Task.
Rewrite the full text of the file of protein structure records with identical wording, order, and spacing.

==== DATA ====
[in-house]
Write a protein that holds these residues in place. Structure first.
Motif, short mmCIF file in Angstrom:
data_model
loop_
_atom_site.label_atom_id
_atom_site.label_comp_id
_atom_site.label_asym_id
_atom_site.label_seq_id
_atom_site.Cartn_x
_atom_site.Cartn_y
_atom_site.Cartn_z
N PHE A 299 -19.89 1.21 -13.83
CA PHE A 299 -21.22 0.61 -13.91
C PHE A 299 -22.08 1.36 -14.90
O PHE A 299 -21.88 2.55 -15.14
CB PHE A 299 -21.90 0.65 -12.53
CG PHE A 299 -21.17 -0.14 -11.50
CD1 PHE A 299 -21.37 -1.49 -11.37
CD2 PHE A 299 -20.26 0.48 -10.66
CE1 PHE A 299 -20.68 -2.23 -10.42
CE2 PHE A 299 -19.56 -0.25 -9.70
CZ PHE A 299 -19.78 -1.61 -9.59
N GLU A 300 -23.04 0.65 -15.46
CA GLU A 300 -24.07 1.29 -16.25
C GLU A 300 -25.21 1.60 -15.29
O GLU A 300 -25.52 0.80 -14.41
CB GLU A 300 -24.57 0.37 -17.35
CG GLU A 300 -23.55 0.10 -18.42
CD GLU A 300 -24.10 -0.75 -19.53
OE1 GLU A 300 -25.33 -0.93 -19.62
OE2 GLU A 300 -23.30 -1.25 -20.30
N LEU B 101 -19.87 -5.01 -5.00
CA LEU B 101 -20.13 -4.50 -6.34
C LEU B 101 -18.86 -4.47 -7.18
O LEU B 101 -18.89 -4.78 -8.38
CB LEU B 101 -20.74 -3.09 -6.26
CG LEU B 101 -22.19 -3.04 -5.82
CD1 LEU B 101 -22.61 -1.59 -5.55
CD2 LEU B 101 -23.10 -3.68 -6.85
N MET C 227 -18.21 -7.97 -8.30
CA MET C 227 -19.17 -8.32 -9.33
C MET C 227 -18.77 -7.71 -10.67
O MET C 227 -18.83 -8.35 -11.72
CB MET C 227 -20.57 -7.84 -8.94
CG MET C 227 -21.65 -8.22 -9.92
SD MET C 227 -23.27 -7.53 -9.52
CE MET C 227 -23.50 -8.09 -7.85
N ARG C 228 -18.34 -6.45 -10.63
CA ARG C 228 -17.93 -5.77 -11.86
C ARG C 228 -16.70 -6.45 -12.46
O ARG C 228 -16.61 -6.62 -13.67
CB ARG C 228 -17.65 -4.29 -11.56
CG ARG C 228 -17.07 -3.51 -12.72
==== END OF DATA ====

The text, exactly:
[in-house]
Write a protein that holds these residues in place. Structure first.
Motif, short mmCIF file in Angstrom:
data_model
loop_
_atom_site.label_atom_id
_atom_site.label_comp_id
_atom_site.label_asym_id
_atom_site.label_seq_id
_atom_site.Cartn_x
_atom_site.Cartn_y
_atom_site.Cartn_z
N PHE A 299 -19.89 1.21 -13.83
CA PHE A 299 -21.22 0.61 -13.91
C PHE A 299 -22.08 1.36 -14.90
O PHE A 299 -21.88 2.55 -15.14
CB PHE A 299 -21.90 0.65 -12.53
CG PHE A 299 -21.17 -0.14 -11.50
CD1 PHE A 299 -21.37 -1.49 -11.37
CD2 PHE A 299 -20.26 0.48 -10.66
CE1 PHE A 299 -20.68 -2.23 -10.42
CE2 PHE A 299 -19.56 -0.25 -9.70
CZ PHE A 299 -19.78 -1.61 -9.59
N GLU A 300 -23.04 0.65 -15.46
CA GLU A 300 -24.07 1.29 -16.25
C GLU A 300 -25.21 1.60 -15.29
O GLU A 300 -25.52 0.80 -14.41
CB GLU A 300 -24.57 0.37 -17.35
CG GLU A 300 -23.55 0.10 -18.42
CD GLU A 300 -24.10 -0.75 -19.53
OE1 GLU A 300 -25.33 -0.93 -19.62
OE2 GLU A 300 -23.30 -1.25 -20.30
N LEU B 101 -19.87 -5.01 -5.00
CA LEU B 101 -20.13 -4.50 -6.34
C LEU B 101 -18.86 -4.47 -7.18
O LEU B 101 -18.89 -4.78 -8.38
CB LEU B 101 -20.74 -3.09 -6.26
CG LEU B 101 -22.19 -3.04 -5.82
CD1 LEU B 101 -22.61 -1.59 -5.55
CD2 LEU B 101 -23.10 -3.68 -6.85
N MET C 227 -18.21 -7.97 -8.30
CA MET C 227 -19.17 -8.32 -9.33
C MET C 227 -18.77 -7.71 -10.67
O MET C 227 -18.83 -8.35 -11.72
CB MET C 227 -20.57 -7.84 -8.94
CG MET C 227 -21.65 -8.22 -9.92
SD MET C 227 -23.27 -7.53 -9.52
CE MET C 227 -23.50 -8.09 -7.85
N ARG C 228 -18.34 -6.45 -10.63
CA ARG C 228 -17.93 -5.77 -11.86
C ARG C 228 -16.70 -6.45 -12.46
O ARG C 228 -16.61 -6.62 -13.67
CB ARG C 228 -17.65 -4.29 -11.56
CG ARG C 228 -17.07 -3.51 -12.72